Medical Device Daily Executive Editor
The halt of a clinical trial can be either bad news — because clearly not meeting endpoints and perhaps even hurting patients — or, with endpoints obviously accomplished and offering patient benefits, very good news.
No doubt about it, Spectranetics (Colorado Springs, Colorado) was celebrating yesterday with its report that, with FDA approval, it was given the go-ahead to stop its CELLO trial after completing about three-quarters of enrollment.
"The FDA agreed that the preliminary data was strong enough to meet the endpoints," Don Markley, a spokesperson for Spectranetics, told Medical Device Daily.
CELLO (pronounced like the instrument) is designed to explore use of the company's TURBO-Booster product in clearing blockages in the superficial femoral artery (SFA), and the company had enrolled 61 of the planned total of 81 patients.
The SFA is the main artery above the knee, and the company's TURBO-Booster is a laser/catheter system for removing blockages in that area that can result in severe complications, including amputation of the leg.
The primary endpoint of CELLO included angiographic core lab measurements of the percent reduction in diameter stenosis following treatment with the company's laser. Other clinical endpoints included 30-day patency using core lab-evaluated duplex ultrasound, improvements in ankle-brachial index and improvement in the ability to walk, 30 days post-procedure.
Thus far, the company has focused on using its technology in blockages below the knee, and the above-the knee application provides a much larger opportunity, since it believes that two-thirds of an estimated 400,000 endovascular procedures in the U.S. are performed to treat blockages above the knee.
"This is potentially a transforming event for us, providing the FDA clears the product," Guy Childs, CFO for Spectranetics, told Medical Device Daily.
Being obviously cautious, Childs characterized the data in the trial, to date, as "preliminary." While he said that both the company and the FDA could characterize the data as "encouraging," he added: "I would qualify that by saying we still have to gather it all and do all the analysis."
The trial was single-arm, he said, because there is really no comparison allowing establishment of a control arm in terms of balloon or stent use, especially for treating lesions up to 15 cm, as seen in CELLO.
"Balloons have been shown to be ineffective," Childs said. "They're used, but the durability of the results is not that good." Stents used for this type of treatment he characterized as having "a high fracture rate."
The company said that the follow-up data for CELLO is expected to be gathered early in 2Q07 and an 510(k) application filed with the FDA later in the quarter.
The TURBO-Booster is a deflecting sheath that is used with Spectranetics' existing TURBO elite laser catheters.
This laser technology is a percutaneous, less-invasive treatment for delivering what it describes as "relatively cool ultraviolet energy to ablate or remove arterial blockages including plaque, calcium and thrombus." The energy is delivered in pulses via a wavelength of 308 nanometers, vaporizing the clot materials into particles. The UV energy is transmitted along flexible glass fibers encased in catheters, which can be passed through arteries and veins in a procedure the company calls "safer and simpler" than other procedures.
The company launched CELLO in July of 2006, the first patient treated being an 72-year-old woman suffering from severe, "lifestyle-limiting claudication" (Medical Device Daily, July 22, 2006.) In that case, the system was used to treat an artery 85% blocked in an artery 6 mm in diameter.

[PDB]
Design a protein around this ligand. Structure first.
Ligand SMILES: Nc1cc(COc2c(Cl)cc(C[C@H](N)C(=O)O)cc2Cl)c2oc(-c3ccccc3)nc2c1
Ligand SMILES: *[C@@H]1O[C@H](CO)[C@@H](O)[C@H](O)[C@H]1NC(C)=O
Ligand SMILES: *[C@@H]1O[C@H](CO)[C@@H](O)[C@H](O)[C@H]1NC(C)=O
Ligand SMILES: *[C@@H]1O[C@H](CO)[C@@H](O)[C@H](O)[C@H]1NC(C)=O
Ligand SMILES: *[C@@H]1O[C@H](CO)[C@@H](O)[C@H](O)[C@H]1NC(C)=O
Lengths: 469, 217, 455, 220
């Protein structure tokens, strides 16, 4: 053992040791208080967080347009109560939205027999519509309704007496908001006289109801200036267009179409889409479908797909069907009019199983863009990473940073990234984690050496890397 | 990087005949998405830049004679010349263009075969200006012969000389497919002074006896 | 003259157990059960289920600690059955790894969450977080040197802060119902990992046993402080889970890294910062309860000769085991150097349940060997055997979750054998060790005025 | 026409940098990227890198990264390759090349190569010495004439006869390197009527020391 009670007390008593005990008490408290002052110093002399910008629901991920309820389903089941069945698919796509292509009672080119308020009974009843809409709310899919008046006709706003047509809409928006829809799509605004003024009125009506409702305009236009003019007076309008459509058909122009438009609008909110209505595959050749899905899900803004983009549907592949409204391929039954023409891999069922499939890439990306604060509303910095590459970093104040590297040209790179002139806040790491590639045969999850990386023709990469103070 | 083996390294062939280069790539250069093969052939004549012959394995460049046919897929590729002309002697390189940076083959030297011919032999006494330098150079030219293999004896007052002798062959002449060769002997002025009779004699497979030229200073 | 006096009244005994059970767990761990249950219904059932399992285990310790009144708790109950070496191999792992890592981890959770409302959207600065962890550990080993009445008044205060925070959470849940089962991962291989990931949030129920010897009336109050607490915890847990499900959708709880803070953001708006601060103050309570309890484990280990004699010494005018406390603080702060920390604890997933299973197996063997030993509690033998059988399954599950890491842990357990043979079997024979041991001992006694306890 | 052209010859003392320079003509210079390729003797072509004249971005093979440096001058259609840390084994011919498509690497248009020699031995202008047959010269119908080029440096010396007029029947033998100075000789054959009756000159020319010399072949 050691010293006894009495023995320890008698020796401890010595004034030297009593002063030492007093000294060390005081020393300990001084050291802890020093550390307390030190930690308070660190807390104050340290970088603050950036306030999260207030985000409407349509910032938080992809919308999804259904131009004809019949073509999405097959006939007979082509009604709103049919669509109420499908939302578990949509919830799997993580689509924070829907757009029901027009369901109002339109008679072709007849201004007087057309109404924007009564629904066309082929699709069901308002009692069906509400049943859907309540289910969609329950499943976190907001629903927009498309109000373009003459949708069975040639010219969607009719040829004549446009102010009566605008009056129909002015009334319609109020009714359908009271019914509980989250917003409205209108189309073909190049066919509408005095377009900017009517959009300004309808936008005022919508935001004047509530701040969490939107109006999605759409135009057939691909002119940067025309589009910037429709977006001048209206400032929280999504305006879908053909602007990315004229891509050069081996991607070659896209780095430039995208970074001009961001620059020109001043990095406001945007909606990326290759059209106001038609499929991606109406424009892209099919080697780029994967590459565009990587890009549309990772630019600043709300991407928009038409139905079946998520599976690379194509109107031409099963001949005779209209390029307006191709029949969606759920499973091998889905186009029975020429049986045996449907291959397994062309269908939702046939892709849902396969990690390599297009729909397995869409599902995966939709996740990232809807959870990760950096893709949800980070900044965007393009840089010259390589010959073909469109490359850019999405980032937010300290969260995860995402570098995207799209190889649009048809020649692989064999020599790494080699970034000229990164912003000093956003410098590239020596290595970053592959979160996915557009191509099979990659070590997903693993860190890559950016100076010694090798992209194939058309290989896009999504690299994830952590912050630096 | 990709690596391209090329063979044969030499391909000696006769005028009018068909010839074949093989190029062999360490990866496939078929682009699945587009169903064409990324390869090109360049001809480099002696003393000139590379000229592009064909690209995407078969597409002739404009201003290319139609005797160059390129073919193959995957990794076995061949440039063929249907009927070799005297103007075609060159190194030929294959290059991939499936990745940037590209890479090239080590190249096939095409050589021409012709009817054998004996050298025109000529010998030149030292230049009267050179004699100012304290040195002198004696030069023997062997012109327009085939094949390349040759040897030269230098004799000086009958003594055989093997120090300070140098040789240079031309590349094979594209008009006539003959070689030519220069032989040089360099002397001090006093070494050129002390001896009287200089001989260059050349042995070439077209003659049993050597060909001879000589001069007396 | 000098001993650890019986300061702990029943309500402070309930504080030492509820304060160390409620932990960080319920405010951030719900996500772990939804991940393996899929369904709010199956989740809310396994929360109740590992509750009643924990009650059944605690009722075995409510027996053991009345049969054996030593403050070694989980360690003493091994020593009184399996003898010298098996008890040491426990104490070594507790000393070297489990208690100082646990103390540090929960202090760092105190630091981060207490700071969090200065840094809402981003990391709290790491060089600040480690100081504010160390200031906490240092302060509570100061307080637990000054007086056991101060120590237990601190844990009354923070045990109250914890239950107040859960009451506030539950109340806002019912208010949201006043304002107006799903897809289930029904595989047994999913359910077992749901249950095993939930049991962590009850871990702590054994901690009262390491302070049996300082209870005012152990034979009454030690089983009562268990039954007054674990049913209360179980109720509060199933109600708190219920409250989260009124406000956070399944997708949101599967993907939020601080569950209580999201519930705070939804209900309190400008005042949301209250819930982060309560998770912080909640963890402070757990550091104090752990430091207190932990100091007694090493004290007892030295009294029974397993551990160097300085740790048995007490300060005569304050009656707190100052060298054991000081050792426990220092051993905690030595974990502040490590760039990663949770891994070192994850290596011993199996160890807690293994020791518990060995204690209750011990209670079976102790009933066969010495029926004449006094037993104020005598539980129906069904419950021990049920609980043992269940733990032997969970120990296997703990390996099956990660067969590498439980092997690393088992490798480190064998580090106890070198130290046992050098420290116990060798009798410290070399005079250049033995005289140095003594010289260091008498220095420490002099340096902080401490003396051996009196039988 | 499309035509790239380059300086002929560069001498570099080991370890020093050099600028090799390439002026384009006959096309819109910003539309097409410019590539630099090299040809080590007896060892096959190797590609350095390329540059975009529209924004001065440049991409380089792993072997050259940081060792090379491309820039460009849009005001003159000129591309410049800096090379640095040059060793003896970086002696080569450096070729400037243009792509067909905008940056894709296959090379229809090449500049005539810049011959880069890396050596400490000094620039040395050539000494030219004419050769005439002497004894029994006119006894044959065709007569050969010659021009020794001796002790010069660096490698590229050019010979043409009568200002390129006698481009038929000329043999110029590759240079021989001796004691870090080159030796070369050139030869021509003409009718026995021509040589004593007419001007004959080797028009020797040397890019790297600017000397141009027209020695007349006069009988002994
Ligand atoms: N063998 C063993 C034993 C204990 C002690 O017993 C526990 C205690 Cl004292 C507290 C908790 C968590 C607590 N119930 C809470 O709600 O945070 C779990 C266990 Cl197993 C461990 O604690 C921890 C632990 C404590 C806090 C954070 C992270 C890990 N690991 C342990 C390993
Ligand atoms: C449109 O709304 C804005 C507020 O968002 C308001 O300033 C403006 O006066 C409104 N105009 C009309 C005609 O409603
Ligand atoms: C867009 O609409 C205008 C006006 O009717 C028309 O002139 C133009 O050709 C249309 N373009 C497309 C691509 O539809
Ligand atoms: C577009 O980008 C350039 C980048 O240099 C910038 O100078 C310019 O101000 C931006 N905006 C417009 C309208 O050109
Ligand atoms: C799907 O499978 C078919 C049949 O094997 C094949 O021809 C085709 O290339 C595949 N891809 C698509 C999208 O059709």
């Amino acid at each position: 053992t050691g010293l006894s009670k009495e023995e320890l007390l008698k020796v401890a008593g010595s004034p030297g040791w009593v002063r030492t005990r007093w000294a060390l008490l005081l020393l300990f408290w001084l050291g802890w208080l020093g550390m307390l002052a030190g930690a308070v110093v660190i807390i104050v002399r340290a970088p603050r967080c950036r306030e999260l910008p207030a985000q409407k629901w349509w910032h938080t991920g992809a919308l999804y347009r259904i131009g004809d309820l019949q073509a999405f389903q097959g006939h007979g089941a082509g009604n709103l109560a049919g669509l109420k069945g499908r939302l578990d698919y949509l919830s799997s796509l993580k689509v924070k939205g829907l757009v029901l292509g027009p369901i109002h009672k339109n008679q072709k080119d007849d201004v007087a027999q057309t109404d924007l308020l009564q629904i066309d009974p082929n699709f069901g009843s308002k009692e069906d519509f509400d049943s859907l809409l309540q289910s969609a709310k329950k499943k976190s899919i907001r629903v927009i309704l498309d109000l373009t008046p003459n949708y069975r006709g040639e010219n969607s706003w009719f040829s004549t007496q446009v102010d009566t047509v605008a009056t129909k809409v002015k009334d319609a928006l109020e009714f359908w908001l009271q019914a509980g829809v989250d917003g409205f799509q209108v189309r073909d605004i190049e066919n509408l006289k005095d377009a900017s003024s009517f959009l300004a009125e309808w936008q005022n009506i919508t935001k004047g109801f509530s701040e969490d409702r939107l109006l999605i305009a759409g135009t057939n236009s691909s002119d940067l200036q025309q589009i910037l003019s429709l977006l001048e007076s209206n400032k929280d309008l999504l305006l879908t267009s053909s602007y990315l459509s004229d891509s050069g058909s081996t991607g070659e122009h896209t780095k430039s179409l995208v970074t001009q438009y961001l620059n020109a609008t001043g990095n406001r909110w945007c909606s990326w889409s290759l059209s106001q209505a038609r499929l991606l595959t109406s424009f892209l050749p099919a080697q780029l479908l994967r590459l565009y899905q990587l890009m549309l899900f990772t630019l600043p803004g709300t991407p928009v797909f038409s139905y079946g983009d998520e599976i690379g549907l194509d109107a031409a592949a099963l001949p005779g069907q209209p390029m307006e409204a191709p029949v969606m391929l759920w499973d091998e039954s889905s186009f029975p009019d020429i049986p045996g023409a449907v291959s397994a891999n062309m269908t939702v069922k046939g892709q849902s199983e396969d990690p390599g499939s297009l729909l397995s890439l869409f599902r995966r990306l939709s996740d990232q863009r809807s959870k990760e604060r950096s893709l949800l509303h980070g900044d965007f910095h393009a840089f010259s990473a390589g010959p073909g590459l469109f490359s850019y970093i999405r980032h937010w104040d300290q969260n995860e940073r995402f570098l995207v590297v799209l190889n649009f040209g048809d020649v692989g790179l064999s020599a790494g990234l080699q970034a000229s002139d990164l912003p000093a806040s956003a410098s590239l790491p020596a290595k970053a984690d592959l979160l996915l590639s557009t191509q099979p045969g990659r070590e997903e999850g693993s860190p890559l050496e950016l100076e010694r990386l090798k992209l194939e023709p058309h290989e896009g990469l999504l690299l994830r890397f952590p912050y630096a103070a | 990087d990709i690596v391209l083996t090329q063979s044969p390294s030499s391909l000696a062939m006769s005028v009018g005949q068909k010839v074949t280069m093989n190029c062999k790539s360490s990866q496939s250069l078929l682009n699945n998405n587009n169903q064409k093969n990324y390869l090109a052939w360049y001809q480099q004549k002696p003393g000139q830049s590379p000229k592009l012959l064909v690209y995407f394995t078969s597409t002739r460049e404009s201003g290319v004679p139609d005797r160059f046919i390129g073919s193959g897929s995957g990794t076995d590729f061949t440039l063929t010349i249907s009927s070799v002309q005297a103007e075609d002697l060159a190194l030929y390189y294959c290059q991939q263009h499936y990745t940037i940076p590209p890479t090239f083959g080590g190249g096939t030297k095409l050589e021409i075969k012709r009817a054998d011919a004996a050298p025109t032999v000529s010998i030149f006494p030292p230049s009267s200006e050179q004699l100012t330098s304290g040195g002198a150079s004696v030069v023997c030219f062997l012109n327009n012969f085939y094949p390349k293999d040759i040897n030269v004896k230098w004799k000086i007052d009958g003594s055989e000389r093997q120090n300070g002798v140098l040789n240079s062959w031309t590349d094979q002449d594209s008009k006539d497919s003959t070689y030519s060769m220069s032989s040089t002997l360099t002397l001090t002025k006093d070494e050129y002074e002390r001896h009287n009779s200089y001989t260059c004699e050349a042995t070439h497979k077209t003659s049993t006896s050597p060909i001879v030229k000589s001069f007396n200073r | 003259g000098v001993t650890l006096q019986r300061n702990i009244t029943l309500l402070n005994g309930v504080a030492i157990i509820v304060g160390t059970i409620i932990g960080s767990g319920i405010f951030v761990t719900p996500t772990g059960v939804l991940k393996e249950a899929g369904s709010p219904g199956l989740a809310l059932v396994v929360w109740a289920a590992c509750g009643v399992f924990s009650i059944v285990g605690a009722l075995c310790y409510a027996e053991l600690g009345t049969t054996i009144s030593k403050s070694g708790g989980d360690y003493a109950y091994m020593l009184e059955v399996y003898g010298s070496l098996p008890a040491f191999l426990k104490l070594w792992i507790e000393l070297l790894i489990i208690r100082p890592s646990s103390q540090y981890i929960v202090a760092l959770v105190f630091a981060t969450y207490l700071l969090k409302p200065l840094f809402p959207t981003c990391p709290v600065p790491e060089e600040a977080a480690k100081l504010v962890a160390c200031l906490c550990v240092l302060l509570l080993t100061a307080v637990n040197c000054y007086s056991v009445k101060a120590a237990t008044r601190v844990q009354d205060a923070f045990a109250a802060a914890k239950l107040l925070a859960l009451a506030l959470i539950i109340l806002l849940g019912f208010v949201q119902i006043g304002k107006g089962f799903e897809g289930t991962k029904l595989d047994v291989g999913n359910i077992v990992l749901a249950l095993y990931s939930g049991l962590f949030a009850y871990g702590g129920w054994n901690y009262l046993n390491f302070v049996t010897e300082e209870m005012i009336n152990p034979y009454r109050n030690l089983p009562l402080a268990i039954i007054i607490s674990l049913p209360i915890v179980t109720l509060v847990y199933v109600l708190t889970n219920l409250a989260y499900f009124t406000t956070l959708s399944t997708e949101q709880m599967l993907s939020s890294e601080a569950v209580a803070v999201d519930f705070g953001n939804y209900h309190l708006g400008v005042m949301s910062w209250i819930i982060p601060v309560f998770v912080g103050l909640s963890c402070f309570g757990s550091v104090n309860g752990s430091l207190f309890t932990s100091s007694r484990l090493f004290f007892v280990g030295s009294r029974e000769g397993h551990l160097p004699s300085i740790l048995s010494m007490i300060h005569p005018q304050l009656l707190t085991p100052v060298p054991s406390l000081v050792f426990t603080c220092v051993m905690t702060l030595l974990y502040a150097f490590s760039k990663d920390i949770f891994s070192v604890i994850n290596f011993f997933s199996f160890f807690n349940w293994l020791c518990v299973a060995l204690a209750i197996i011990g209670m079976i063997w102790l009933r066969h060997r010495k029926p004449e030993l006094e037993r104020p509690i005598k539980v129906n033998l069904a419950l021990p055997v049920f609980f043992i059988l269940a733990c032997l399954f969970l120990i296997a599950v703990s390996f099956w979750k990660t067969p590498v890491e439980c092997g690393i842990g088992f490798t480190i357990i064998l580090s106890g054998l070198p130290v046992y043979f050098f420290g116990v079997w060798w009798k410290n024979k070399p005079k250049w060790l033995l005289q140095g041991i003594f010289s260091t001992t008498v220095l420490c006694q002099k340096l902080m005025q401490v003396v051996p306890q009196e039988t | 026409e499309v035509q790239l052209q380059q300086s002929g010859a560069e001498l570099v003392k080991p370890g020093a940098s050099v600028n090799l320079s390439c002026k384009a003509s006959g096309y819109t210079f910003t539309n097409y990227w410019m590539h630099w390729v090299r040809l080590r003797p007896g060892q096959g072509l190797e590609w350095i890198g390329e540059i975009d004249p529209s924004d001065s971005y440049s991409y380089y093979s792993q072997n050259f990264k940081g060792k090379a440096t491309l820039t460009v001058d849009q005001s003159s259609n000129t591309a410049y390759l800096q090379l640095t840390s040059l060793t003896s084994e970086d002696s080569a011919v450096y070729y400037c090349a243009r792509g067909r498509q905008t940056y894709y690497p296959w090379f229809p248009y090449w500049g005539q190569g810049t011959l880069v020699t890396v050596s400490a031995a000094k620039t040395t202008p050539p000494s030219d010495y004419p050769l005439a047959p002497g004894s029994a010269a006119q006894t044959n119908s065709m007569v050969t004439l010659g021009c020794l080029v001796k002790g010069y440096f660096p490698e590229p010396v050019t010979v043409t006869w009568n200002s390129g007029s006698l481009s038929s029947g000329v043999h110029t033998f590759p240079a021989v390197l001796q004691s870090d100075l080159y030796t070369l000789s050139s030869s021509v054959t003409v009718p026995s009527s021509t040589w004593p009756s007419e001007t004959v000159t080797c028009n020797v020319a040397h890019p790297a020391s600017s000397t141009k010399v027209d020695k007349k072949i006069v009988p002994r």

At the time, the company said that the stenosis was reduced by 25% and required no follow-on adjunctive treatment with other devices.
John Schulte, president/CEO of Spectranetics, said in a statement, "Completion of the CELLO trial has been our top priority since the trial began nine months ago, and we are pleased that we have concluded enrollment in the trial ahead of our own expectations.
"We look forward to the opportunity to participate in this large and growing market segment. We will now turn our attention to efficiently gathering and analyzing all of the clinical data from the CELLO trial for our pending submission to the FDA."
Spectranetics broadened focus to clearance of blockages in the upper legs will put it competitively in a sector currently being developed by Fox Hollow Technologies (Redwood City, California), with its SilverHawk atherectomy device.
Rather than using laser energy, the SilverHawk system uses a small rotating blade to shave away plaque from inside the artery. As it is excised, the plaque collects in the tip of the device and then is removed from the patient.
Spectranetics calls its CVX-300 excimer laser the only system approved in the U.S., Europe, Japan and Canada for use in multiple, minimally invasive cardiovascular procedures, including atherectomy — a procedure to remove arterial blockages in the peripheral or coronary vasculature — and the removal of infected, defective or abandoned cardiac lead wires from patients with pacemakers or implantable cardiac defibrillators.
The company reports more than 600 laser ablation systems installed worldwide, about 500 of these in the U.S.
Spectranetics was founded in 1984 by Robert Golobic, PhD, a physicist with the U.S. Air Force physicist, and Johan Sverdrup, an engineer who worked for Hewlett-Packard. Golobic had been working on lasers as part of the Strategic Defense initiative and Sverdrup had done ultrasound work with ADR (Advanced Diagnostic Research) and Doppler imaging with Vingmed. Together they created Spectranetics as one of the first companies to explore the possibility of using the ultraviolet laser for artery clearance. The first patient was treated at the Texas Heart Institute (Houston) in 1989.